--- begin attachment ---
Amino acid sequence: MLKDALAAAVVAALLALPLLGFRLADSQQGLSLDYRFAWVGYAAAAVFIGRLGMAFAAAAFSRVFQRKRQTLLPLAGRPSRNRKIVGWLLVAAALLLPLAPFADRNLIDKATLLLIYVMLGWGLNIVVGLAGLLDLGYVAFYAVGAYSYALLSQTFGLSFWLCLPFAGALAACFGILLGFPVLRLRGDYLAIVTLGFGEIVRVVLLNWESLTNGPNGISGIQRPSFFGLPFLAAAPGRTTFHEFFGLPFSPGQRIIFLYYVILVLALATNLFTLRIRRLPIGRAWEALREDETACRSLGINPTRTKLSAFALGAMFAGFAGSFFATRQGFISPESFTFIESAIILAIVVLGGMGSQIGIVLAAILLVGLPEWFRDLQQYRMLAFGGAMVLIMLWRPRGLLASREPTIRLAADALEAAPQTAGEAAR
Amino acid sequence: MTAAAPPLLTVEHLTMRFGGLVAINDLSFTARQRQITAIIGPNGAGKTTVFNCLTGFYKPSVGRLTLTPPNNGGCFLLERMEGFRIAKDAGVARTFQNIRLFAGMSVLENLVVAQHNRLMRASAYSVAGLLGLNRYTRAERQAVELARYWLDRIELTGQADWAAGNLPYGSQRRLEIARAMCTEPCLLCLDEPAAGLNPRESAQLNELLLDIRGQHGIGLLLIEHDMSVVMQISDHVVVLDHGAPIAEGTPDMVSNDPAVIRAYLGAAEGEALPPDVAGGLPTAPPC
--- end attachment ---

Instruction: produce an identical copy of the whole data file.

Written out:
Amino acid sequence: MLKDALAAAVVAALLALPLLGFRLADSQQGLSLDYRFAWVGYAAAAVFIGRLGMAFAAAAFSRVFQRKRQTLLPLAGRPSRNRKIVGWLLVAAALLLPLAPFADRNLIDKATLLLIYVMLGWGLNIVVGLAGLLDLGYVAFYAVGAYSYALLSQTFGLSFWLCLPFAGALAACFGILLGFPVLRLRGDYLAIVTLGFGEIVRVVLLNWESLTNGPNGISGIQRPSFFGLPFLAAAPGRTTFHEFFGLPFSPGQRIIFLYYVILVLALATNLFTLRIRRLPIGRAWEALREDETACRSLGINPTRTKLSAFALGAMFAGFAGSFFATRQGFISPESFTFIESAIILAIVVLGGMGSQIGIVLAAILLVGLPEWFRDLQQYRMLAFGGAMVLIMLWRPRGLLASREPTIRLAADALEAAPQTAGEAAR
Amino acid sequence: MTAAAPPLLTVEHLTMRFGGLVAINDLSFTARQRQITAIIGPNGAGKTTVFNCLTGFYKPSVGRLTLTPPNNGGCFLLERMEGFRIAKDAGVARTFQNIRLFAGMSVLENLVVAQHNRLMRASAYSVAGLLGLNRYTRAERQAVELARYWLDRIELTGQADWAAGNLPYGSQRRLEIARAMCTEPCLLCLDEPAAGLNPRESAQLNELLLDIRGQHGIGLLLIEHDMSVVMQISDHVVVLDHGAPIAEGTPDMVSNDPAVIRAYLGAAEGEALPPDVAGGLPTAPPC